Doctor holding a document talking to patient

We trust our doctors with our lives and listen to them as they figure out what our symptoms could be telling us about our health.

But sometimes, even doctors with many years of experience can still mistakenly diagnose their patients.

The truth?

It happens more often than you realize.

And even though this has been a long-standing concern in the field of medicine, this is not the only issue surrounding health care professionals for quite a long time now.

For instance, in the Invega lawsuits, physicians have been accused of being showered with incentives and expensive gifts by Johnson & Johnson for them to write more prescriptions for the company’s antipsychotic medication, Invega.

I probably don’t need to tell you how a misdiagnosis can harm a patient’s health and wellbeing.

This is when a patient’s role proves to be important. As a patient, you should know what your rights and legal options are regarding a misdiagnosis.

But even more crucial than that is to avoid the consequences of diagnostic errors from happening in the first place.

Here are some ways to tell if you have received the wrong diagnosis from your doctor:

Your Symptoms Match more than One Condition

At times, when a doctor lacks experience, it can be challenging for them to differentiate one disease from another. When symptoms overlap, it may be difficult for them to give a diagnosis, as it is possible for an illness to resemble another illness through the similarities of their symptoms.

For example, doctors may confuse symptoms of lupus with fibromyalgia and chronic fatigue syndrome. Your doctor should be doing everything to his ability to rule out other diagnoses in order to provide one specific and correct diagnosis.

Your Doctor Failed to Get all the Necessary Information

Doctors only have limited time to spend with their patients, and more often, they are distracted with other workloads.

That said, your doctor might not have gotten all the necessary information about your illness or condition. At least not enough to make a correct diagnosis.

If you have noticed that your doctor is not asking you questions or isn’t collecting information that could help determine a diagnosis for your illness or medical condition, it could be a problem.

As a patient, you can help by supplying information that your doctor might ask you, which can include the medications you have taken, including prescriptions and over-the-counter medicines, you or your family’s medical history, and the symptoms that you have and how long you have been experiencing them.

As all these can be difficult to get in a limited amount of time, your list could be very helpful in making a correct diagnosis.

And as a patient, you also have the right to ask your doctor how they came up with a certain diagnosis.

You Are Not Getting Any Better

After an appointment with the doctor and after they have given you a diagnosis, that’s when you start with the treatment for your symptoms.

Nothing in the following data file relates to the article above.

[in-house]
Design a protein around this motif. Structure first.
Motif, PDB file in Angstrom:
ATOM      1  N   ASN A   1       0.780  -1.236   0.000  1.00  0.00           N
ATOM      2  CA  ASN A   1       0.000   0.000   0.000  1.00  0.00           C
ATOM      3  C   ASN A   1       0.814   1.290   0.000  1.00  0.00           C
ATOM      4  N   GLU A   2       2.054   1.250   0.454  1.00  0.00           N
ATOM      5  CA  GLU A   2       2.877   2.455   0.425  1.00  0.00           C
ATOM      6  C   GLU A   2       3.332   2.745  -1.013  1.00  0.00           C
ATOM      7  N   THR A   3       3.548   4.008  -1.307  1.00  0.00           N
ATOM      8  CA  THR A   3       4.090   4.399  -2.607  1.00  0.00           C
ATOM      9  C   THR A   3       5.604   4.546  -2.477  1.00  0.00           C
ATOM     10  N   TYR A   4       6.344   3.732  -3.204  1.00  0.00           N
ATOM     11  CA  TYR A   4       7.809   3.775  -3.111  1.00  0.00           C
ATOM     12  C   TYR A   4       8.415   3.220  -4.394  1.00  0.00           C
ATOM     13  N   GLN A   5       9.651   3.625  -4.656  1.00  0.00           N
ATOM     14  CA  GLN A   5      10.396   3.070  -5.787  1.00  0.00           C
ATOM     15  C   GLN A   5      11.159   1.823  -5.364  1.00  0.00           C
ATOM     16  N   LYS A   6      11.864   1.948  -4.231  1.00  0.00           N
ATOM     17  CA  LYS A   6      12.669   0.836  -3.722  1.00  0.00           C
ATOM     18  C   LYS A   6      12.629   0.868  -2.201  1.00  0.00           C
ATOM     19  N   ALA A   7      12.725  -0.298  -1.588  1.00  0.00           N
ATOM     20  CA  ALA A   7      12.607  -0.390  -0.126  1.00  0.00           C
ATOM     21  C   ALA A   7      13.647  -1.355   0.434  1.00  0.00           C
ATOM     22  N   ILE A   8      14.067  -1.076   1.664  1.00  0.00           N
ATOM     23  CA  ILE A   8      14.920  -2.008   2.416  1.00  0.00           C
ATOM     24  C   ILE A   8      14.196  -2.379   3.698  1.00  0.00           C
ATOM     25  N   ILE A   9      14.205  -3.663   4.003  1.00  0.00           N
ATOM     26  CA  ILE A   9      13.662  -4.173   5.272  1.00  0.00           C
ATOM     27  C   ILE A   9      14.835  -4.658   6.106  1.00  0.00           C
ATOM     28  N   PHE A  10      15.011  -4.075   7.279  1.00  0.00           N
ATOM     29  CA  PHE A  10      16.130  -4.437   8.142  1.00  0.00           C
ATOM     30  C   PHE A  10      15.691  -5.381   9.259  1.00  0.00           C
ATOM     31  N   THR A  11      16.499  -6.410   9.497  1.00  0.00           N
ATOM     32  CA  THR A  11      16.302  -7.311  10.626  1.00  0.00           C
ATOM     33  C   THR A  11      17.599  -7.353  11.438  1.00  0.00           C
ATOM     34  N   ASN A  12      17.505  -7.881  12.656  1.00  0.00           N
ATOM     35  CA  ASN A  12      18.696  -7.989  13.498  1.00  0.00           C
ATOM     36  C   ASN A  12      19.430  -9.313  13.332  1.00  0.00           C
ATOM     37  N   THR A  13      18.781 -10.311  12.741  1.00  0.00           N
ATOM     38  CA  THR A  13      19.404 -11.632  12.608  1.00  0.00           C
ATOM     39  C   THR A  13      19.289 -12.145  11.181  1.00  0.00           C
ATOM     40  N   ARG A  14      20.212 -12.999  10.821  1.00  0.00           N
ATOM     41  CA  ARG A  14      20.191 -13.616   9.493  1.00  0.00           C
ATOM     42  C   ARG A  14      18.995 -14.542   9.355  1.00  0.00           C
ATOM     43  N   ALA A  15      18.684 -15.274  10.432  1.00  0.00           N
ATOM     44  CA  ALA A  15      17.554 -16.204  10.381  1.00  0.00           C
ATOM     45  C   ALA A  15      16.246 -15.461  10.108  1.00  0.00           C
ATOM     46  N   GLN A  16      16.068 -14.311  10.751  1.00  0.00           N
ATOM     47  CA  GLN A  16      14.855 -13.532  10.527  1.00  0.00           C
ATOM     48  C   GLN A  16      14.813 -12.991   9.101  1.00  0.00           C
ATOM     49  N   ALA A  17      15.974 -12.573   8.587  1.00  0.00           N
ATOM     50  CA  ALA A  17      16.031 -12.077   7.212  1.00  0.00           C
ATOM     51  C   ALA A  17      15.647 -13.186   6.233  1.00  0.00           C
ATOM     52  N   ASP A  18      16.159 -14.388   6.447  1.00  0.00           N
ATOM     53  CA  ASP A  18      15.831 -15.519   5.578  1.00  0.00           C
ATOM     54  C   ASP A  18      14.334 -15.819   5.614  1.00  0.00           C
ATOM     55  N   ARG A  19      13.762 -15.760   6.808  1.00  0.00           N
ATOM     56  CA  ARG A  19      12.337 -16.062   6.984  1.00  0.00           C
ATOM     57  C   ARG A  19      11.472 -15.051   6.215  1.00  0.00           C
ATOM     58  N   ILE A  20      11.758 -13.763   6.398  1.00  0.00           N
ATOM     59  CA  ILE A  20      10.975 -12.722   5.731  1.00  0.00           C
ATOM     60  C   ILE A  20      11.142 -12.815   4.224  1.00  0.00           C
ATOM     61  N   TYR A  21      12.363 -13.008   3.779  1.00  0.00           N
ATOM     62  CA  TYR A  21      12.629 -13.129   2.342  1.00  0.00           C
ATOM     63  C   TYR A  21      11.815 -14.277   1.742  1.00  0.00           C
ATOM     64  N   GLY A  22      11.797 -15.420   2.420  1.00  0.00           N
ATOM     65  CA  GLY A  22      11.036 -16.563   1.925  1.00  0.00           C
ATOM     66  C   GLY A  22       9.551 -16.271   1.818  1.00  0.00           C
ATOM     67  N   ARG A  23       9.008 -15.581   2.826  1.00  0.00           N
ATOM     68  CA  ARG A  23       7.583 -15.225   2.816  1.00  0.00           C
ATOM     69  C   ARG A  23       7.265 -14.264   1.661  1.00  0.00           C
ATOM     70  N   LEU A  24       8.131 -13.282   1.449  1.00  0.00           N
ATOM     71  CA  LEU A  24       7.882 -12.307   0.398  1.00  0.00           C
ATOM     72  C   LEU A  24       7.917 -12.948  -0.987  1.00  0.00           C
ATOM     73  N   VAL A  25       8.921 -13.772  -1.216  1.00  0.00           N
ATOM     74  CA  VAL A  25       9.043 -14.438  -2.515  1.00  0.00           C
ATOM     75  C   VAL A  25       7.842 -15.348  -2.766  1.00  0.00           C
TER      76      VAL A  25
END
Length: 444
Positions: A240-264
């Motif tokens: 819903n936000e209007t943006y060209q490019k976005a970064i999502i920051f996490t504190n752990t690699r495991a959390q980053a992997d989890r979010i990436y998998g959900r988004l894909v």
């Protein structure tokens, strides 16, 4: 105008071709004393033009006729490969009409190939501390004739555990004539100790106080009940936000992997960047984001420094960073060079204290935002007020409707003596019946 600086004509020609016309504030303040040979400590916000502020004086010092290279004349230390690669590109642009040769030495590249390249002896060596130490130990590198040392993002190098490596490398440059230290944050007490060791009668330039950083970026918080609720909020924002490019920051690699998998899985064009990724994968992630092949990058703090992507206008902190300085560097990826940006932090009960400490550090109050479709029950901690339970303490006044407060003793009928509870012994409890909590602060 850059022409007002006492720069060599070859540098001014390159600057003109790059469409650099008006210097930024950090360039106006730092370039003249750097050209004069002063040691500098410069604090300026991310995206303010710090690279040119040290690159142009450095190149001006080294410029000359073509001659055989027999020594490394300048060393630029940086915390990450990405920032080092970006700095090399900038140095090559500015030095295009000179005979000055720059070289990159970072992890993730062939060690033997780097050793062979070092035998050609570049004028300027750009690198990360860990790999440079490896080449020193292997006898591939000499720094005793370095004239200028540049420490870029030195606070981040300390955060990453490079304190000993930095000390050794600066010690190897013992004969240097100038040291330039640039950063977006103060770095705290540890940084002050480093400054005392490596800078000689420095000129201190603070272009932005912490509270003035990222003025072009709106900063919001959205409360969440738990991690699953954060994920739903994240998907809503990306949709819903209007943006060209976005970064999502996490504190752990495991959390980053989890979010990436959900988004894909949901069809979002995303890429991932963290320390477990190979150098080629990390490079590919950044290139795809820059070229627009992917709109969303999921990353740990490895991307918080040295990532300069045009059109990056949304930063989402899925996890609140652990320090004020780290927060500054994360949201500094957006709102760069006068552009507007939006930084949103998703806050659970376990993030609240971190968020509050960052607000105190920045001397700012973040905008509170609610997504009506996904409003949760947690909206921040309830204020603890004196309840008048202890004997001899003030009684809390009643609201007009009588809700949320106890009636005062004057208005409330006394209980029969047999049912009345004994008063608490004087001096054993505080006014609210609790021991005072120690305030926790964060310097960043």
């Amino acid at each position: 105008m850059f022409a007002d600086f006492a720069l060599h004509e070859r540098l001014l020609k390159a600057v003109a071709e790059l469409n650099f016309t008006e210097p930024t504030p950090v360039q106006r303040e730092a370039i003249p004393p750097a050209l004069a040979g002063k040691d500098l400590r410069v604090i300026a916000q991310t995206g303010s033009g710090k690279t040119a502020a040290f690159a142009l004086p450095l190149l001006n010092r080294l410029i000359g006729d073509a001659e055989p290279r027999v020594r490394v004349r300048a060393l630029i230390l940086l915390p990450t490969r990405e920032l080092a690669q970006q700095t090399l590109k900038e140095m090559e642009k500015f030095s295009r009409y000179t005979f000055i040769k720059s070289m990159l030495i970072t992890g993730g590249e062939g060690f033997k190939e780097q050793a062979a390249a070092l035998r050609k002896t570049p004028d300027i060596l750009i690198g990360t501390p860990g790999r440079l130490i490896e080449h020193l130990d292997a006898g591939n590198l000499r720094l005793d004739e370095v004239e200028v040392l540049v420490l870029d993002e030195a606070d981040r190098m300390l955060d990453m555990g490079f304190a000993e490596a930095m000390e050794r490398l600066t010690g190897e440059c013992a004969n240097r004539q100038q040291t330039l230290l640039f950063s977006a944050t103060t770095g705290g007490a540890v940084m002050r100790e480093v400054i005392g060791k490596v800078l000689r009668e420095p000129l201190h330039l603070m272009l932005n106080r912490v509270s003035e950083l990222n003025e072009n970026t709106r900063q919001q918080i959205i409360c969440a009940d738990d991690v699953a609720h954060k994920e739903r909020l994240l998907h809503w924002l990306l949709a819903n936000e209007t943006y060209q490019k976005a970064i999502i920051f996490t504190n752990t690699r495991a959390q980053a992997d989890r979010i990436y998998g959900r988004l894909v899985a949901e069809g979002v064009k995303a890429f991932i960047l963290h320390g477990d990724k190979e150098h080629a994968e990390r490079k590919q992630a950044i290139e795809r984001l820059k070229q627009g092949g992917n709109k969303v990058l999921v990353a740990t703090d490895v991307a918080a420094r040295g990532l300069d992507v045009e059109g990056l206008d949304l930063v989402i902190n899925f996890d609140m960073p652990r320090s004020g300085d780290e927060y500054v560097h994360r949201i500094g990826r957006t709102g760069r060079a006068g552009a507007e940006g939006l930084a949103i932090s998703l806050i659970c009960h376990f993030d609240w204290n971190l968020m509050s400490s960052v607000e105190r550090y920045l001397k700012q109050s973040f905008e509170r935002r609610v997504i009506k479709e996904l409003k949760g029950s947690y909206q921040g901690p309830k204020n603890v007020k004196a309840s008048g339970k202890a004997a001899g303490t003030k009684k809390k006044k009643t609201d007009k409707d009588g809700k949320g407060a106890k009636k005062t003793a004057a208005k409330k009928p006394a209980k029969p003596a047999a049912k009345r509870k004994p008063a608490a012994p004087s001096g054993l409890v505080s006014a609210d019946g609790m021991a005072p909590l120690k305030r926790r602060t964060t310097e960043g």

This can be whatever your doctor recommends, like taking prescribed medications, or following a certain diet or other change in your routines.

However, there could be a problem when you notice that your condition is not getting any better.

It is important to bear in mind that you can always ask your doctor if there is a possibility that you may have another condition which may be different than the one they diagnosed you with.

Speaking up can prove to be more helpful than you may realize. For instance, if you have a more serious condition, you can actually treat the problem earlier if you can be given the correct diagnosis.

Alternatively, if you choose not to speak up and to endure your symptoms as they get worse, the reality is you are putting your own health in jeopardy.

Your Doctor didn’t Make You Undergo any Tests or Exams

Having a series of tests or exams helps a doctor diagnose a medical condition.

If, for example, you feel that your doctor didn’t exhaust all diagnostic tools available, or a specific test that might be necessary for your medical condition or illness wasn’t done, you can always tell your doctor if it is possible to take that certain test.

After all, doing only one test and saying nothing is wrong with you might be suspicious and might also lead to misdiagnosis.

Your Medication is Ineffective

Another sign of misdiagnosis is when the medications that the doctor prescribed are not working.

After all, medicines may interact differently with another drug a patient may be taking. Once you notice that the treatment given by the doctor does not work, it might be time to seek for a second opinion.

You might even encounter a doctor who just prescribes more and more medication, but in reality, they are not getting to the root of the problem and the treatment provided is doing little to ease your symptoms.

In some cases, a health care provider is just treating the symptoms. However, some of these symptoms may actually be a result of the mix-up of medication and their interactions with other drugs a patient may be taking.

Your Second Opinion is Much Different than the Initial Diagnosis